Anyone remember this advertising slogan? It was for Marlboro cigarettes and was always accompanied by images of a rugged cowboy type out in the wilds of Marlboro country. It is that image that has stuck with me after a visit to my local Honda dealer early in 1987. I’d gone to see the all new ground breaking release from Honda that year, a 600cc model too, but of course it was the CBR. At the back of the shop and under very poor lighting was another new model, the Transalp. Above it hung a poster which was probably of an alpine pass with some clever slogan about “meeting the nicest people on a Honda” but I remember it as looking like Monument valley and featuring Marlboro man, that’s just the passing of time I guess.
The ‘Alp wasn’t going to set anyone’s trousers on fire that year, (the common view was “what’s it for”) when it was viewed next to the Dominator it looked plain ugly. The V-twin slung low in the frame spelled winner of a pie-eating contest and was at odds with big trailies of the time (Dominator, Tengai, XT, etc). Proper dual purpose bikes of that era were mainly two-strokes, I myself had a KMX200. Yamaha’s XT500 of ten years earlier (despite being universally hailed as fabulous) had made very little difference to the sale of strokers. It was Europe that took these bikes to heart and while on a bike holiday in France in the summer of ’91 I was amazed at how many big trailies I saw including the even bigger Yamaha SuperTen (I was on an FJ12, so still way out of touch). Funnily enough the first time I saw aluminium hard luggage it wasn’t on a BMW but on a French SuperTenere.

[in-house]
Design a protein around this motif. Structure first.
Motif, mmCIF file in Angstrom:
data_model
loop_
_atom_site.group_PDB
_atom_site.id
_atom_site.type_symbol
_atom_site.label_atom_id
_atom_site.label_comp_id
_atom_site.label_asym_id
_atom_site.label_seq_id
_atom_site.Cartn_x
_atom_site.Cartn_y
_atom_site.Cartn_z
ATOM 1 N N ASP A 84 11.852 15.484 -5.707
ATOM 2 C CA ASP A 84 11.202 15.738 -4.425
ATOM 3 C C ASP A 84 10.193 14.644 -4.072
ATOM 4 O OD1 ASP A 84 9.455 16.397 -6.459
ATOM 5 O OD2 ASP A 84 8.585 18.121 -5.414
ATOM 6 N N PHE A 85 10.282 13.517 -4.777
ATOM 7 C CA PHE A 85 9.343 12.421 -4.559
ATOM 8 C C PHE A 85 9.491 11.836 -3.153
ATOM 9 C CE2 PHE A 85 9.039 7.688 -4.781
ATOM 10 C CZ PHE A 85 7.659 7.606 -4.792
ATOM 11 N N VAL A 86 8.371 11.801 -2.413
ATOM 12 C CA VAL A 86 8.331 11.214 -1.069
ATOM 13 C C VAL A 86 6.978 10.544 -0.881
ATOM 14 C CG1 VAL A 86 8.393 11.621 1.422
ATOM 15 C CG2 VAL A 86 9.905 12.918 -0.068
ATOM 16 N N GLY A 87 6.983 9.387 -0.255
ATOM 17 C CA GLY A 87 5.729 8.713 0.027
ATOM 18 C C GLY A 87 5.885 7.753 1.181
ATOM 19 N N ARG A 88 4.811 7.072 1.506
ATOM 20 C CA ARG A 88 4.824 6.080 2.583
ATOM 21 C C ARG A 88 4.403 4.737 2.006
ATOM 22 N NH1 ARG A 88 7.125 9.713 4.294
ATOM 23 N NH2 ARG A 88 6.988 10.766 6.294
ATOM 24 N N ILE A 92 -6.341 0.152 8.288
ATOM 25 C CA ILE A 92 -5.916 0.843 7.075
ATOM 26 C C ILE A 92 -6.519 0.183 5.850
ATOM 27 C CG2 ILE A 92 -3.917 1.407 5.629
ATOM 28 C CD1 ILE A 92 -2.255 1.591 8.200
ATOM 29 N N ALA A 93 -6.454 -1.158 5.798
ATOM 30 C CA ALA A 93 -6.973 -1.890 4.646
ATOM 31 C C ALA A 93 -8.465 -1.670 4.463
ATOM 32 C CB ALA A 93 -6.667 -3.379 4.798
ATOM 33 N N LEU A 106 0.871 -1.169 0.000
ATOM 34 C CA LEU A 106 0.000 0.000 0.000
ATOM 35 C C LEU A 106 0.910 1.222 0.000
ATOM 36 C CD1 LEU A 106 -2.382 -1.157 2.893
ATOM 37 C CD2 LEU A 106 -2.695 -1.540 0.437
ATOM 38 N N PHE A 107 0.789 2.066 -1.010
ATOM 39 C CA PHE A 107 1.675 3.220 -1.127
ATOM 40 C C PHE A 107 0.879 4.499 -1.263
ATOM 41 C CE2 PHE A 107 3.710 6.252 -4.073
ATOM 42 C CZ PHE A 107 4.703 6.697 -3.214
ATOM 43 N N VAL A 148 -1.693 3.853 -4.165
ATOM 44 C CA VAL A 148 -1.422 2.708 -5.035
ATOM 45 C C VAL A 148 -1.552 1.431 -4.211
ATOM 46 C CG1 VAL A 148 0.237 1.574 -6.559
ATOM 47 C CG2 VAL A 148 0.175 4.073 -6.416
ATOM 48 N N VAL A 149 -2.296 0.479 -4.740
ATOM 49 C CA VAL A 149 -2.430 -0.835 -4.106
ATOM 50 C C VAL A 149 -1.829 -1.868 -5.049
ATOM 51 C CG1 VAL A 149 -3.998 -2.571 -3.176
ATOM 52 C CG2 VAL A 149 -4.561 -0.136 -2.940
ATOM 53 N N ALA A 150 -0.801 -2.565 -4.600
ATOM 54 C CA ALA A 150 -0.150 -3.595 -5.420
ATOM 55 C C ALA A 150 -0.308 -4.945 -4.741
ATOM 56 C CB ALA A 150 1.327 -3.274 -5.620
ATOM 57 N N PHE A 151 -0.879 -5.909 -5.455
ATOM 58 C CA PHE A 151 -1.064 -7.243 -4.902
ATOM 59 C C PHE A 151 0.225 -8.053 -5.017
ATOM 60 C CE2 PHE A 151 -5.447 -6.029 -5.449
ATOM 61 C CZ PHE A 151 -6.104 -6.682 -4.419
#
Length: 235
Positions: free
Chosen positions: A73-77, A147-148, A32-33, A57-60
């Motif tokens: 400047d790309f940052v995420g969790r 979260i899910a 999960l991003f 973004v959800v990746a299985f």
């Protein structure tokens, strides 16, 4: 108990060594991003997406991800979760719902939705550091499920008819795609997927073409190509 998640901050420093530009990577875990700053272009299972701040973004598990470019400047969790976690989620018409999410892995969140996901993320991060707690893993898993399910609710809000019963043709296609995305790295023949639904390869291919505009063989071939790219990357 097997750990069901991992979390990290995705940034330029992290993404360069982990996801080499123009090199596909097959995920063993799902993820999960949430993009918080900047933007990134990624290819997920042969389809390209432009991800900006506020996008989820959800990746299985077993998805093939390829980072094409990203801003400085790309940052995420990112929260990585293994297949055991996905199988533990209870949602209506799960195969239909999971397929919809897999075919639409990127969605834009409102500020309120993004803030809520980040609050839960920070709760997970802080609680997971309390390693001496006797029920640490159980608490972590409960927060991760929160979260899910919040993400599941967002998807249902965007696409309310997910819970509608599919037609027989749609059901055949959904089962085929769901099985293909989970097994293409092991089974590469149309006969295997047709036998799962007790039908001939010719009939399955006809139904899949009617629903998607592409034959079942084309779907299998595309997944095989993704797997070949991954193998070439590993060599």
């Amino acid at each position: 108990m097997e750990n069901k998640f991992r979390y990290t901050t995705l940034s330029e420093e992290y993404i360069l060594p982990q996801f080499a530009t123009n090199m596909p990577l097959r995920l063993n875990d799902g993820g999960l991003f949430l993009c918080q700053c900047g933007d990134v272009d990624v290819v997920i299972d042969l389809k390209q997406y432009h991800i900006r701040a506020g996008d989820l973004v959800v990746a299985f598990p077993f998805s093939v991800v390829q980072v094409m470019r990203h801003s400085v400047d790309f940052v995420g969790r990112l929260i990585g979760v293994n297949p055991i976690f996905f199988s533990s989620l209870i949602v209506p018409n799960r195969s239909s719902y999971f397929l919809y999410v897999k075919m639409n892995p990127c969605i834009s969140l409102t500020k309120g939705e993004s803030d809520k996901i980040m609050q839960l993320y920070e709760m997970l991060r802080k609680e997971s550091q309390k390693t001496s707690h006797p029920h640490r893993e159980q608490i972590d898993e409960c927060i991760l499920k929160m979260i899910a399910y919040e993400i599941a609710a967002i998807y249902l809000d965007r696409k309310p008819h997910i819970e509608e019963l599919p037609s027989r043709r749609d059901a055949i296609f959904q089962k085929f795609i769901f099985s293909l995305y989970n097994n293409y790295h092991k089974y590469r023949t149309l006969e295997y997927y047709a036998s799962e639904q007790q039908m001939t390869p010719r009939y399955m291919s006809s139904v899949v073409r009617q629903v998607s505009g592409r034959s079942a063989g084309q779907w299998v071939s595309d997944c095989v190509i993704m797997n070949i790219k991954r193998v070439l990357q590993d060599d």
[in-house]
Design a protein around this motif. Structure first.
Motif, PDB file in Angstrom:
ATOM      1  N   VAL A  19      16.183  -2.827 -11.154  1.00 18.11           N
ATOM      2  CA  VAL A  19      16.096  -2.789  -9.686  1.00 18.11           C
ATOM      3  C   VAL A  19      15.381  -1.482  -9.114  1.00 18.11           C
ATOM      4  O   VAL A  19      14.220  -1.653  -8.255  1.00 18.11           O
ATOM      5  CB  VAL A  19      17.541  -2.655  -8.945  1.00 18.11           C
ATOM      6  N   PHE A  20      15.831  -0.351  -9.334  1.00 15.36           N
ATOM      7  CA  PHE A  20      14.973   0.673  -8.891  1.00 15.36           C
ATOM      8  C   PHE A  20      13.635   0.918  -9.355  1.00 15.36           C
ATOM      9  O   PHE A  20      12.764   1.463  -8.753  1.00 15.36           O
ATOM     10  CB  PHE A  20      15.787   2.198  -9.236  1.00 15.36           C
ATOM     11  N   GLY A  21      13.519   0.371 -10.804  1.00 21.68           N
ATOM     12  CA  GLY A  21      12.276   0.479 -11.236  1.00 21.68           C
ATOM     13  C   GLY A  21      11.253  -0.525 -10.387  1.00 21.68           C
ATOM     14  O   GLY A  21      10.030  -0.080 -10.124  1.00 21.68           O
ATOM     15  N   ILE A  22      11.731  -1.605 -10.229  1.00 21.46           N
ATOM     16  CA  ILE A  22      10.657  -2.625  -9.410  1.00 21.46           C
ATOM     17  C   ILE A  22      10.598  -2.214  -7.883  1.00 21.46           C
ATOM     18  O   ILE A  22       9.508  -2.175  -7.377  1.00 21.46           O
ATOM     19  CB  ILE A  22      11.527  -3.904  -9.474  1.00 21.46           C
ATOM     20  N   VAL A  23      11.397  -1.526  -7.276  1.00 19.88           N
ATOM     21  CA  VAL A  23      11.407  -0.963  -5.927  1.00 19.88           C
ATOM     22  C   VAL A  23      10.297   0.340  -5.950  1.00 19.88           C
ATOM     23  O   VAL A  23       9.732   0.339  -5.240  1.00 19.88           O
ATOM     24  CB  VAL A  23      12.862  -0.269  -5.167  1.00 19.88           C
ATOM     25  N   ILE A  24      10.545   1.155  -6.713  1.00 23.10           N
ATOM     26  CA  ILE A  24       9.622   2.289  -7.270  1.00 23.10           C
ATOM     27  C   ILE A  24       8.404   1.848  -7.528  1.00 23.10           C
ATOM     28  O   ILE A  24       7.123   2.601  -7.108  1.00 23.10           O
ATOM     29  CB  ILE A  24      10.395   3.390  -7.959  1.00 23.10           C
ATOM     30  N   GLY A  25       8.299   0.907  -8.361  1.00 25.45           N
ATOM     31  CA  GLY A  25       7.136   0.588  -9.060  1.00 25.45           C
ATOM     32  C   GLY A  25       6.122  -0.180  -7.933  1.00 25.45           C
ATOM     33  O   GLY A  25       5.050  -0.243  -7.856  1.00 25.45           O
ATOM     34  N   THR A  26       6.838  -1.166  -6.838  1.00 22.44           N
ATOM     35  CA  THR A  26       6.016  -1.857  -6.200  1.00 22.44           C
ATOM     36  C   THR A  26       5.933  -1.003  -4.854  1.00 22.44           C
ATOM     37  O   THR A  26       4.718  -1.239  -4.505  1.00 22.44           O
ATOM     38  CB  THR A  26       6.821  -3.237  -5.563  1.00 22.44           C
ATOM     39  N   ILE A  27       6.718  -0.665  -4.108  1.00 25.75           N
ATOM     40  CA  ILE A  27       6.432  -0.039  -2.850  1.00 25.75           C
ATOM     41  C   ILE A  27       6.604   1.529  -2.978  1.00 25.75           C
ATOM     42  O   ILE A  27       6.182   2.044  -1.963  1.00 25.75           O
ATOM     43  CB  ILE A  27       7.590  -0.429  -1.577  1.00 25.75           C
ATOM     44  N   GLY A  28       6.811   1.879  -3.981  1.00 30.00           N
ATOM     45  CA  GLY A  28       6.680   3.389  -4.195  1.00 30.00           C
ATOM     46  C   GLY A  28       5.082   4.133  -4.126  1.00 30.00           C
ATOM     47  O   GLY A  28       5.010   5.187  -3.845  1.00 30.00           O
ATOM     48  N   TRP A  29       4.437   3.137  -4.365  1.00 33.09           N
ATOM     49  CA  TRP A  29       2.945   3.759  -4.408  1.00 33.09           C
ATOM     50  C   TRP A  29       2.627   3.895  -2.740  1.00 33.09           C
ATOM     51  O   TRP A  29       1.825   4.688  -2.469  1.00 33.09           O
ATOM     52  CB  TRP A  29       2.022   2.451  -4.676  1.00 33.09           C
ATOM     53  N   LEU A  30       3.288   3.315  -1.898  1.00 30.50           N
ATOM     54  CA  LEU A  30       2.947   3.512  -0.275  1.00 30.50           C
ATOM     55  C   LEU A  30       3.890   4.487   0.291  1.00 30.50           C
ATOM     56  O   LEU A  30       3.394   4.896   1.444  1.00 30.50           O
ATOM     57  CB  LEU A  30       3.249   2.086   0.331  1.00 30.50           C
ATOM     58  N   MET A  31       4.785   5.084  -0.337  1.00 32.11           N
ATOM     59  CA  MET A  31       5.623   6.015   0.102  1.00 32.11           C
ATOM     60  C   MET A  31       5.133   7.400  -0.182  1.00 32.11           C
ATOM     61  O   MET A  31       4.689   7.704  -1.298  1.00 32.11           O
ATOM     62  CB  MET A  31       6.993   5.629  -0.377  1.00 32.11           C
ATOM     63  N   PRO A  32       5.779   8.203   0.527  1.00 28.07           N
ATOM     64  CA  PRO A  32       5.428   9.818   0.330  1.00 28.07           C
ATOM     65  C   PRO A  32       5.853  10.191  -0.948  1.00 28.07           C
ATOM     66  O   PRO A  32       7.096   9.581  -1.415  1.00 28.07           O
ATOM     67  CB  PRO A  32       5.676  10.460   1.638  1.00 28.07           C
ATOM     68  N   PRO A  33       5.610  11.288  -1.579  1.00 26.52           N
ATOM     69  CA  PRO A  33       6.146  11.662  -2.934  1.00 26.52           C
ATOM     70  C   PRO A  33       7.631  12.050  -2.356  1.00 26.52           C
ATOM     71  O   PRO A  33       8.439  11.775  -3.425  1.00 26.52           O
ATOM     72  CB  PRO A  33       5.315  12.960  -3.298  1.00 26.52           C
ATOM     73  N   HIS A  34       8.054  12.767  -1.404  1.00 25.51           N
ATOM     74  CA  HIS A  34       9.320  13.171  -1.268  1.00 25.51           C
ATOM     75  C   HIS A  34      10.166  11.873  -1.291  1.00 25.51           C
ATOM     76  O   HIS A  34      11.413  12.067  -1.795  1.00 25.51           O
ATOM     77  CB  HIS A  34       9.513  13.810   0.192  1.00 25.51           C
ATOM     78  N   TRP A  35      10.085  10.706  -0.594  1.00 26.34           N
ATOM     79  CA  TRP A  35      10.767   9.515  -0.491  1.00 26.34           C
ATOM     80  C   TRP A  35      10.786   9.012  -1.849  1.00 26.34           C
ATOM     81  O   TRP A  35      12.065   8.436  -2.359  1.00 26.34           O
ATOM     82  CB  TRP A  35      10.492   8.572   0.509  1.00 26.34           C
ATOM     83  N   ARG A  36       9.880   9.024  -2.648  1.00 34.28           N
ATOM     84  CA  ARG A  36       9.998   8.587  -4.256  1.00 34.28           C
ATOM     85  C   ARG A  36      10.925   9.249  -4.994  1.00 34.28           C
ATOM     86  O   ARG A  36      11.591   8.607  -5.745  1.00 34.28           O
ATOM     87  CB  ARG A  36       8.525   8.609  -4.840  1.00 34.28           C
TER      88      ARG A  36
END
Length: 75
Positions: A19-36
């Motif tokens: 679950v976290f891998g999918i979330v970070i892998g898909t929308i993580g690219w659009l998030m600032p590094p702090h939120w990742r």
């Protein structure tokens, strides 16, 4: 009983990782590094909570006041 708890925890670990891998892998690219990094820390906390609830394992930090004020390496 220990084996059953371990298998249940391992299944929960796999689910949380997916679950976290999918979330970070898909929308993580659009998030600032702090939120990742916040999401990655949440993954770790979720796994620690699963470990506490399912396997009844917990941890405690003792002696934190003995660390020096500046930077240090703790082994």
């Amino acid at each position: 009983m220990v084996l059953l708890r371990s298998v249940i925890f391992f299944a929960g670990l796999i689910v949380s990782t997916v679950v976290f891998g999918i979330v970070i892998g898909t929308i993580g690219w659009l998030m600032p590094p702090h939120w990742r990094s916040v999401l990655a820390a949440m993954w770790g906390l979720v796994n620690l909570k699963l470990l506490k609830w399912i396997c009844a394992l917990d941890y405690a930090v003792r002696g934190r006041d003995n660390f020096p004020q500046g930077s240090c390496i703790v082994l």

So the ‘Alp arrived in ’87 was regarded as ugly, too cumbersome for off-road, too slow and wayward for on-road and when in ’89 it was given a face-lift it sold so poorly that there was no ’90 model (in the UK). Time has been kind to the ‘Alp with it gaining the status of a classic, which, when you consider other models that carry this title, is wholly deserved. Now the ’08 model causes much consternation with its’ radical changes, ( smaller front wheel, weight gain and dodgy headlight) surely it remains faithful to the ’87 concept of ‘just build the bloody thing and let the buyer worry what it’s for’. The hallmarks of the original are here: the shotgun tailpipe, rear carrier, plastic sump guard and all.
The marketing people long ago decided that good packaging, not product, maintains brand loyalty, just like cigarettes. Let’s hear it for marketing.....